September Quick Read on the US Economy

I interpreted last month’s economic releases as somewhat weaker.  Forward looking surveys were concerning though consumer spending in the US, the most important single component of GDP, seems to be stable.

Our latest reading for the Astor Economic Index® (“AEI”) is lower over the month, though I see no discernible trend over the last twelve months.  I still see the US as currently growing above average. The AEI is a proprietary index that evaluates selected employment and output trends in an effort to gauge the current pace of US economic growth. 



The nowcasts produced by the Federal Reserve banks of Atlanta and New York are both still showing stronger growth in the third quarter than the first half of the year.  The Atlanta Fed is currently estimating a gaudy 3.3% SAAR and the New York Fed is currently forecasting 2.8%.  These are both significantly stronger than their final Q2 estimates and represent a significant increase from the poor Q2 release.  Both have been updated since the employment report.

Another month of solid job growth means that the we are adding more jobs than needed to absorb the natural increase in the labor force.  We can also see strength in the labor force from some less-often discussed numbers such as the quit-rate which has increased 9% over the last 12 months and the number of job offers, which is at a high for the recovery.  These series can be seen in the JOLTS report put out by the Bureau of Labor Statistics.  On the other hand, there are still signs of higher levels of labor market slack than we would normally expect late in the cycle. The chart below shows unemployment (the headline number) and underemployment.   While unemployment is fairly low and roughly at the level targeted by the FOMC, underemployment shows significant additional slack in the labor market.



The latest purchasing managers surveys from the Institute for Supply Management (ISM) were disappointing. 


The manufacturing index gave up much of its gains for the year.  I hope this is not a harbinger of renewed manufacturing weakness such as we saw in the first quarter of this year.  Surprisingly, non-manufacturing survey was also quite weak in August and it’s at the lowest level of the recovery.  A diffusion index (such as these) is a bit challenging to interpret exactly and a glance at the chart will show many months spike up or down without signaling sustained shifts in growth.  Digging into the details of the reports we see that much of this month’s weakness was due to drops in new orders and non-manufacturing exports.  This will bear close watching in coming months.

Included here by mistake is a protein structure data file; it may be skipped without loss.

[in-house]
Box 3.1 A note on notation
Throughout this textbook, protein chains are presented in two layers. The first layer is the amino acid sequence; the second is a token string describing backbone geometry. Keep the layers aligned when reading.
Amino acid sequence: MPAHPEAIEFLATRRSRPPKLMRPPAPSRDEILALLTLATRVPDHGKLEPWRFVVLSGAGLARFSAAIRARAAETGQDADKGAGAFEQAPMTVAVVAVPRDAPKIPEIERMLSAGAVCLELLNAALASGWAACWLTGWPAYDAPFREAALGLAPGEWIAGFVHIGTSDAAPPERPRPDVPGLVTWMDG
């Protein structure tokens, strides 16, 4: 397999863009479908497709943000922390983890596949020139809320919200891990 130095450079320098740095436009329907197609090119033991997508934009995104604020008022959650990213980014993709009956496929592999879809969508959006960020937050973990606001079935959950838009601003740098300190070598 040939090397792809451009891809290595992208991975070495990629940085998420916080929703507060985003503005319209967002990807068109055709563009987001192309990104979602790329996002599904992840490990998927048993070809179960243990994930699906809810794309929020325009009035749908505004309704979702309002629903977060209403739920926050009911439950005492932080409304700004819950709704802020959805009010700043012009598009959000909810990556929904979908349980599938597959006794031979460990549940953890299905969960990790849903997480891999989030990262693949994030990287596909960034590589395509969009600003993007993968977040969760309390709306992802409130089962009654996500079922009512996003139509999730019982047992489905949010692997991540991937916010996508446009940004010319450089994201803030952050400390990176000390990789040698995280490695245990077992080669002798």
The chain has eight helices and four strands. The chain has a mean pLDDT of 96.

The hawks at the Fed seem to be getting louder, and one month’s survey data is, in my opinion, unlikely to deter them.  See this speech by San Francisco Fed President John Williams who makes the argument that 1) because the unemployment rate is low the Fed will need to raise soon and 2) better to raise sooner by less rather than later my more.  I see both those assertions as questionable (see Tim Duy for an argument about why it might make sense to let the unemployment rate drift lower) but I think a hike is coming in September or December assuming growth stays on its current course. For what it’s worth, my interpretation of Fed Funds futures prices shows that the market places a low possibility of a September hike but a likely hood of December hike.

 Overall, the economy continues its pattern of positive but modest growth.  The ISM numbers make me a bit worried about the fall.  As always I will be monitoring developments in the US economy carefully in the weeks ahead.  Clients are welcome to get in touch for a detailed conversation.

 The Astor Economic Index® is a proprietary index created by Astor Investment Management LLC. It represents an aggregation of various economic data points: including output and employment indicators. The Astor Economic Index® is designed to track the varying levels of growth within the U.S. economy by analyzing current trends against historical data. The Astor Economic Index® is not an investable product. When investing, there are multiple factors to consider. The Astor Economic Index® should not be used as the sole determining factor for your investment decisions. The Index is based on retroactive data points and may be subject to hindsight bias. There is no guarantee the Index will produce the same results in the future. The Astor Economic Index® is a tool created and used by Astor. All conclusions are those of Astor and are subject to change.

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